2. Observations

Absolute spectroscopy of KT Eri was obtained during the outburst as part of the long-term ANS Collaboration monitoring of novae in eruption (see Munari et al. 2012). We used the Varese 0.61m telescope equipped with the mark.II Multi Mode Spectrograph (Munari & Valisa 2014), that allows rapid switching between low-dispersion, medium-dispersion and Echelle high-resolution modes. A 2 arcsec wide slit, aligned along the parallactic angle was used in all observations. Echelle spectra were calibrated with a thorium lamp exposed before and after the science spectra, and similarly with a FeHeAr lamp for the medium- and low-dispersion spectra. Flux calibration was achieved via observation of the nearby spectrophotometric standard HR 1784 observed with the identical instrumental setup both immediately before and soon after the nova. All data reduction was carried out in IRAF, following standard extraction procedures involving correction for bias, dark, and flat and sky background subtraction.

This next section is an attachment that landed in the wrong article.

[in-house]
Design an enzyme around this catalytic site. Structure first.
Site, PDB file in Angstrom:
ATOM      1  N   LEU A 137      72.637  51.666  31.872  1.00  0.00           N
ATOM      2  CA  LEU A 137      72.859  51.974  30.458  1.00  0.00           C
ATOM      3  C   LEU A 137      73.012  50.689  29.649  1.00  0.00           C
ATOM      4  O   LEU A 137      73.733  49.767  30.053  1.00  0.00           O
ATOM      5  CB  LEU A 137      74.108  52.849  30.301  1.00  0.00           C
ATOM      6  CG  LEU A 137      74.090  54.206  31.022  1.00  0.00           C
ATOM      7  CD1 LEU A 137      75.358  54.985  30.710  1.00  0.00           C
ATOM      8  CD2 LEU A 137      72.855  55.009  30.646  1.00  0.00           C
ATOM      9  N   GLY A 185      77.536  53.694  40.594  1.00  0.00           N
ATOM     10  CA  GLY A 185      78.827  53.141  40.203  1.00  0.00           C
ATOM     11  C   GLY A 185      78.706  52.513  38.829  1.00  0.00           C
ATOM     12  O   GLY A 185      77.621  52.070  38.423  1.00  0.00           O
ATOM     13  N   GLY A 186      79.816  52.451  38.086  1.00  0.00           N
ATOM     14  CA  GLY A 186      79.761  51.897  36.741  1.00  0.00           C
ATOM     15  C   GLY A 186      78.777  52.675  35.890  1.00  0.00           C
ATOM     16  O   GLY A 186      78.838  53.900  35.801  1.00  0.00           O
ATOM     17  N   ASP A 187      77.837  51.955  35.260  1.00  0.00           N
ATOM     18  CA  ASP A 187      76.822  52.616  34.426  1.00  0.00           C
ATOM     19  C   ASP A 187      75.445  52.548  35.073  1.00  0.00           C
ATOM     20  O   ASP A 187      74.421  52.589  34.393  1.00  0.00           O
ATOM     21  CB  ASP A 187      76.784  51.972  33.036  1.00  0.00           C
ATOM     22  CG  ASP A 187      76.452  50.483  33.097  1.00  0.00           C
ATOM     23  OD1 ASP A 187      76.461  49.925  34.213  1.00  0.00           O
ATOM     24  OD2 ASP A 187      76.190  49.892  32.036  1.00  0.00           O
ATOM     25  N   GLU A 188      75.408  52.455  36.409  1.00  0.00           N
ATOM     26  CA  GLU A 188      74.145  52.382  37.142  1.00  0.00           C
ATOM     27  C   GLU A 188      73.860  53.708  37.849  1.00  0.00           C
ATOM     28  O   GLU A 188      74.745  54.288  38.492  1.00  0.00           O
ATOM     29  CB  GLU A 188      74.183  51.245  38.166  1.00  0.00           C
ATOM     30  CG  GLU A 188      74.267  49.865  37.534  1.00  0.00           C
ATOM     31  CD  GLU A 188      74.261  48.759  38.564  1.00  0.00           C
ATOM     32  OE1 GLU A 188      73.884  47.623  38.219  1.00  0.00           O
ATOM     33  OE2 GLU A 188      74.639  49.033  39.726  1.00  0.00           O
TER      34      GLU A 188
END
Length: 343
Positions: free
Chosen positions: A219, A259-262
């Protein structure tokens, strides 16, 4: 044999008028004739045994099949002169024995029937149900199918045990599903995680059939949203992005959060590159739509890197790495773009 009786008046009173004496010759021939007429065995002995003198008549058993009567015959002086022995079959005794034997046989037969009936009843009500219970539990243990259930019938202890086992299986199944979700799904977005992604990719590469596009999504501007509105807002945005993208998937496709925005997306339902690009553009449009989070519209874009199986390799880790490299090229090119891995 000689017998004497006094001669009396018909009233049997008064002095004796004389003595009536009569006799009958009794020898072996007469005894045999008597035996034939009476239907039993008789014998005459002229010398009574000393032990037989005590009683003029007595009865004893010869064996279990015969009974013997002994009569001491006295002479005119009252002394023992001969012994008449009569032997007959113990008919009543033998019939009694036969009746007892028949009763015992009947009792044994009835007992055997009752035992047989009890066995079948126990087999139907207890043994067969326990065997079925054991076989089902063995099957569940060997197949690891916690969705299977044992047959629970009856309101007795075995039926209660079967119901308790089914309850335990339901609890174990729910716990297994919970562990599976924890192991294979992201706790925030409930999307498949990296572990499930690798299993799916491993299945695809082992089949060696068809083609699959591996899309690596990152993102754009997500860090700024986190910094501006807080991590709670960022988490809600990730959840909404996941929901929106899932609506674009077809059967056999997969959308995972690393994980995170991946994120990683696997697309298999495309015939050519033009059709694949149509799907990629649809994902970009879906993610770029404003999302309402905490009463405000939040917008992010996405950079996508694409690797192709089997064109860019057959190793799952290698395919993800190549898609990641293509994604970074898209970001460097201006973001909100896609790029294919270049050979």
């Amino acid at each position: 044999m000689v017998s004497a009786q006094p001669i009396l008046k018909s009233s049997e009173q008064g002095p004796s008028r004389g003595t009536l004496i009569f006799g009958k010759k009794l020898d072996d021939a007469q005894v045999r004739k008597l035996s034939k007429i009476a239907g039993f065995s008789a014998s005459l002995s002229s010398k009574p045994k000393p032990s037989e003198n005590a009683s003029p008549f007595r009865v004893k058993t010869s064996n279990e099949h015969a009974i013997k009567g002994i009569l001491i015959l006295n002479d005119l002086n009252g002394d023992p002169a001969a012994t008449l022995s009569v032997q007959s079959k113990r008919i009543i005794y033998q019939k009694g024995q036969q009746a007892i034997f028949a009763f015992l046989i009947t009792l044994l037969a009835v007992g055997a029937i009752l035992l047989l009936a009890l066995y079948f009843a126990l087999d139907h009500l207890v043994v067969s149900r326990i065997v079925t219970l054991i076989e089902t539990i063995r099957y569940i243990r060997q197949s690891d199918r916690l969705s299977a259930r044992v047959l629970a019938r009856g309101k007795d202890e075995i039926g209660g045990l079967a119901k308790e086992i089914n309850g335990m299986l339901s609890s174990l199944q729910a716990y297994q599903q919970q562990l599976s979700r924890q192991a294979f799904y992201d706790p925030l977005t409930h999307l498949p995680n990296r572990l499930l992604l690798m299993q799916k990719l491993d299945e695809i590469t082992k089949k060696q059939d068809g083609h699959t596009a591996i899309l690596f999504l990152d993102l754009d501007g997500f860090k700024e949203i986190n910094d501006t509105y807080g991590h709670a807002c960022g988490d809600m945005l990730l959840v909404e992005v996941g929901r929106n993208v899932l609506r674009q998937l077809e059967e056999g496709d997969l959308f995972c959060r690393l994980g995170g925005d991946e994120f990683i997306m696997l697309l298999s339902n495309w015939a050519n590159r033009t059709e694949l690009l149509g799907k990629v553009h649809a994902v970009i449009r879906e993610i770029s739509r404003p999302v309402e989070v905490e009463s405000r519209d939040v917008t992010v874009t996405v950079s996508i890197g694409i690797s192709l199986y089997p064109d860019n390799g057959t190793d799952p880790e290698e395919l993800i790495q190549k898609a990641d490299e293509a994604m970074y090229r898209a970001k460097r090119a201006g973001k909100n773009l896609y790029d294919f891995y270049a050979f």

Low-resolution absolute spectroscopy of KT Eri, after it returned to quiescence brightness long after the end of the outburst, was obtained with the Asiago 1.22 m telescope and B&C single dispersion spectrograph. Also in this case we adopted a 2 arcsec wide slit, aligned along the parallactic angle, the same spectrophotometric standard star and the same extraction/calibration procedures as for the observations obtained with the 0.61 m telescope during the outburst phase.